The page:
At the recent Pitti Fragranze, Neela Vermeire presented her new creation Rahele, as always composed by great Master Perfumer and Neela’s friend Bertrand Duchaufour.
The sixth fragrance by Neela Vermeire Créations , inspired by three French travellers from 17th century, marks the new direction for the brand combining typical classic French perfumery with the exotic touch. Persefume is happy to bring both news on this launch and our signature “He says, she says” review.


Tavernier…Bernier…Thévenot…the names still resonate in the imagination of armchair travelers today, as each man left a detailed record of his adventures, showing us Mughal-ruled India through a European lens.

Jean-Baptiste Tavernier (1605-1689) was a French jeweler of Belgian descent, an independently wealthy gem merchant who funded his own travels to the East, particularly to India. His book Les six voyages is still considered an important point of reference by historians. His trade in precious stones and pearls took him to the court during the construction of the Taj Mahal. On one of his voyages, Tavernier bought a gigantic blue diamond in Golconda which he subsequently sold to the Sun King, Louis XIV. The Tavernier diamond, or French Blue as it came to be called, was a centerpiece in the French crown jewels. According to legend, the precious stone was stolen during the French Revolution, only to turn up many years later in London, recut as the Hope diamond.

Francois Bernier (1620–1688) was physician to the eldest son of Shah Jahan and, more widely, to the court during his 12-year stay in India. He saw various rulers, was an astute social observer and contributed greatly to the understanding of court life and life in India generally through his book Travels in the Mughal Empire, AD 1656-1668.

The third traveller, Jean Thévenot (1633-1667), was a linguist and botanist. The travels of Monsieur Thévenot into the Levant describes in detail his observations during his travels. This book was the first part of his Voyages and was published while he was alive. The other two parts of Thévenot’s Voyages were published posthumously.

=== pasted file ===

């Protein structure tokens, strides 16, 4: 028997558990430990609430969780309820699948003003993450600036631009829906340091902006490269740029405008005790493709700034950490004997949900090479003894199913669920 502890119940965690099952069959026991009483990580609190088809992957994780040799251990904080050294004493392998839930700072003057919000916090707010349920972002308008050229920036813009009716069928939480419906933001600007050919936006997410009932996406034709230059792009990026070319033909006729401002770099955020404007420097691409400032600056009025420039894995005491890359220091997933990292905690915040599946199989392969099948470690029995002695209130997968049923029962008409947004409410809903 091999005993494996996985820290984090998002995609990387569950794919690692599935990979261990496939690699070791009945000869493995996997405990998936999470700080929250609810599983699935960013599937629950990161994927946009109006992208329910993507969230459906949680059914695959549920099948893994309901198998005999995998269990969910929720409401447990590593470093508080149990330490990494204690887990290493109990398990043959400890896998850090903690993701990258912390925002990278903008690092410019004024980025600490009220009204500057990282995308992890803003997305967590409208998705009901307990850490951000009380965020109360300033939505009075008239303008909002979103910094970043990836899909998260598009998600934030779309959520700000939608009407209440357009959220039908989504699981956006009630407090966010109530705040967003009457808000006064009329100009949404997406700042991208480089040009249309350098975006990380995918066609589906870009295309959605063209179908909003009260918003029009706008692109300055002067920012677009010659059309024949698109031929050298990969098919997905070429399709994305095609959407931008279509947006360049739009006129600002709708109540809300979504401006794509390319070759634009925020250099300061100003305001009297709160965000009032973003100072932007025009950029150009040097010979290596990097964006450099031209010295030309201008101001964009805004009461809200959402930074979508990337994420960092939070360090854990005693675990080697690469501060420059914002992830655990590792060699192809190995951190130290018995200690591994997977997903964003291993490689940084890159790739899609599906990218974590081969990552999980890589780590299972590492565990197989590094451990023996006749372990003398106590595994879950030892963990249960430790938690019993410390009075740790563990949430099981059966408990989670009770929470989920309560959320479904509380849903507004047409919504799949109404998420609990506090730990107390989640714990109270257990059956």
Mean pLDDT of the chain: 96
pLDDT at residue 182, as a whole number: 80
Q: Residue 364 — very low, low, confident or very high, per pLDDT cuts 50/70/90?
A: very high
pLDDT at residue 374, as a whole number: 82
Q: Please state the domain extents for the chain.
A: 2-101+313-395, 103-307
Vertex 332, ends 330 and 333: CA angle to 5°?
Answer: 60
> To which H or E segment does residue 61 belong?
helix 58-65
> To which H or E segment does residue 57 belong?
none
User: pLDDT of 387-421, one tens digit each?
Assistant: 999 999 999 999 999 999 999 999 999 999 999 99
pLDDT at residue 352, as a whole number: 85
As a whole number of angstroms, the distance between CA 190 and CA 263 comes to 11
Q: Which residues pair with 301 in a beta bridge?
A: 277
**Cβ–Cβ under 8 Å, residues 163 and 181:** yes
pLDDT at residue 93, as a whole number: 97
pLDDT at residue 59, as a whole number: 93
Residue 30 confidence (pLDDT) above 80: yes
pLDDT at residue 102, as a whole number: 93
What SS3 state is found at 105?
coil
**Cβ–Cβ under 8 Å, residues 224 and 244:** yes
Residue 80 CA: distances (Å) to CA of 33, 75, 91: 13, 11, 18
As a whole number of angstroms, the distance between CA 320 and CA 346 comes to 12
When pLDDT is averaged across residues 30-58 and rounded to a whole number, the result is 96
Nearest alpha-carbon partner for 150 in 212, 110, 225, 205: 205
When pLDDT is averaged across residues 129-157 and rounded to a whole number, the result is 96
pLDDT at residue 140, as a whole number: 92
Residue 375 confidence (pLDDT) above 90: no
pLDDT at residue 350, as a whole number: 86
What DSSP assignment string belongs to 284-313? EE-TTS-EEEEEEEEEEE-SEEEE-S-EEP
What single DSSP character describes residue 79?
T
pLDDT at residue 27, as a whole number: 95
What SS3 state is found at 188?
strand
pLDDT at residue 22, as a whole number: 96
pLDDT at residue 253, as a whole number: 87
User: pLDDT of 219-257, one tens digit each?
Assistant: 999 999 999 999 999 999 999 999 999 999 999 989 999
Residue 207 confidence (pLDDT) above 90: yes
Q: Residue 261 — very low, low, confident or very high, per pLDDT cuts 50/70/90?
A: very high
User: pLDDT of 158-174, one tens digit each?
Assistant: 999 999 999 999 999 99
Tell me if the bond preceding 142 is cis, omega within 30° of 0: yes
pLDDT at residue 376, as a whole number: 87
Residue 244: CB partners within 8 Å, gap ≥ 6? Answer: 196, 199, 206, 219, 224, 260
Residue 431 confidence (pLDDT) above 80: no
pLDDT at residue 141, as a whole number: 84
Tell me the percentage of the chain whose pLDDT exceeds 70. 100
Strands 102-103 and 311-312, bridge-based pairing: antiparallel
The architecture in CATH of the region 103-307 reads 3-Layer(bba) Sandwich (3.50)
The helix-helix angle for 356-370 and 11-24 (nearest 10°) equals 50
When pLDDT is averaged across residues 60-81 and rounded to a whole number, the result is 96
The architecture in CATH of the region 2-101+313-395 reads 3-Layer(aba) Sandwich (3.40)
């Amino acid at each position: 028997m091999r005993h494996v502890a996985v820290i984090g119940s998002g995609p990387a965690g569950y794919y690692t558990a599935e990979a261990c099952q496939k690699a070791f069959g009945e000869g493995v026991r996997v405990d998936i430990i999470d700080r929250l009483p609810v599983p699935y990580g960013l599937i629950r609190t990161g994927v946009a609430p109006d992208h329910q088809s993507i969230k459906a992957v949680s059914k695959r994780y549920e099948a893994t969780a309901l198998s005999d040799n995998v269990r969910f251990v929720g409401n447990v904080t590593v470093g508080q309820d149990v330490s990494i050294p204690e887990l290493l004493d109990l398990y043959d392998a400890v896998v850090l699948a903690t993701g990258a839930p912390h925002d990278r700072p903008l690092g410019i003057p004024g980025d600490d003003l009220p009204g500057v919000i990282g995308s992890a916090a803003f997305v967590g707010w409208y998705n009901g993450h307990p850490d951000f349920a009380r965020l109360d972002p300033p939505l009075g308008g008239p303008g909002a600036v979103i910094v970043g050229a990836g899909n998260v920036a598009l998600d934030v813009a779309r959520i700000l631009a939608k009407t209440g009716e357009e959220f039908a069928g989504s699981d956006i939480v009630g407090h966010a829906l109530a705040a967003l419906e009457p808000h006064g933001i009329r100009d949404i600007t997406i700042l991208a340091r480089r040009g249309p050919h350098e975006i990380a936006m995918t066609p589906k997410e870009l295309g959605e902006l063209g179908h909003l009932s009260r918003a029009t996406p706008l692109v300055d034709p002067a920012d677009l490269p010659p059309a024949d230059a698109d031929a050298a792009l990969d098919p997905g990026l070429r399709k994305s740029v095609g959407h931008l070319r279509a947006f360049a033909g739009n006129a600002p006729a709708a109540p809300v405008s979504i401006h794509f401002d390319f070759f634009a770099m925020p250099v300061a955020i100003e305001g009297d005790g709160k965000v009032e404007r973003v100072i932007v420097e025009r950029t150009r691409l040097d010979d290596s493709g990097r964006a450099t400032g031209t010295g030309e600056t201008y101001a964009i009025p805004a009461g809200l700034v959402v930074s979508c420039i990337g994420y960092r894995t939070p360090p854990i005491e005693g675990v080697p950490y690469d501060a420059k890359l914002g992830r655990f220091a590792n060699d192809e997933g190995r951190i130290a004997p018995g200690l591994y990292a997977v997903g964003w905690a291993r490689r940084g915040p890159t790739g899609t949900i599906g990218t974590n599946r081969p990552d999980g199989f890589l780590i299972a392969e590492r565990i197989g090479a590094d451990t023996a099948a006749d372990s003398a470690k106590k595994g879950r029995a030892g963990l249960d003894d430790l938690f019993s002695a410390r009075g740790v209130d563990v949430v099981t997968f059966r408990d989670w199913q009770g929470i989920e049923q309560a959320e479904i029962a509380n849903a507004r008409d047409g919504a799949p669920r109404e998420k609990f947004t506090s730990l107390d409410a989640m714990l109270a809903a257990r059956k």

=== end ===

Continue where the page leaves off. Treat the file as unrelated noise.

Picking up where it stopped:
Tavernier and Thévenot actually met in India for a brief period, and Bernier and Tavernier’s paths crossed as well. All three travellers were some of the best social historians of their times who witnessed court life and splendors first-hand and wrote about their insights into the mystique of India.
Neela Vermeire


Rahele follows East meets West approach – it is scent built around Osmanthus, woods and Indian spices with floral and herbal accords of traditional French perfumes.

Jakub – Rahele indeed feels like slight departure from the current colorful, bold and vibrating NVC fragrances. It behaves really quiet on my skin, yet it is easily detectable radiating as soft, glowing aura. Delicate osmanthus, very comforting spices and delicate touch of woods. It took me few wearings to fully appreciate and embrace Rahele – but glad I finally did.

Aleksandra – Radiant softness. In my mind, Duchaufour’s creations are associated with a rather bold, articulate spirit. This one is timid in comparison with previous Neela perfumes. Flowers of osmanthus are the soul of this scent, but there’s also a silver dust of spices and leather covering them, which makes the concoction a bit quirky, lunar-like. Intimate as a whisper, it still projects well, embracing me in its warm, sensual hands. Highly corresponds with the gold autumn outside.

Neela Vermeire Créations Rahele will be available soon via official e-boutique and authorized brand’s stockists as Eau de Parfum 60ml, RRR €205.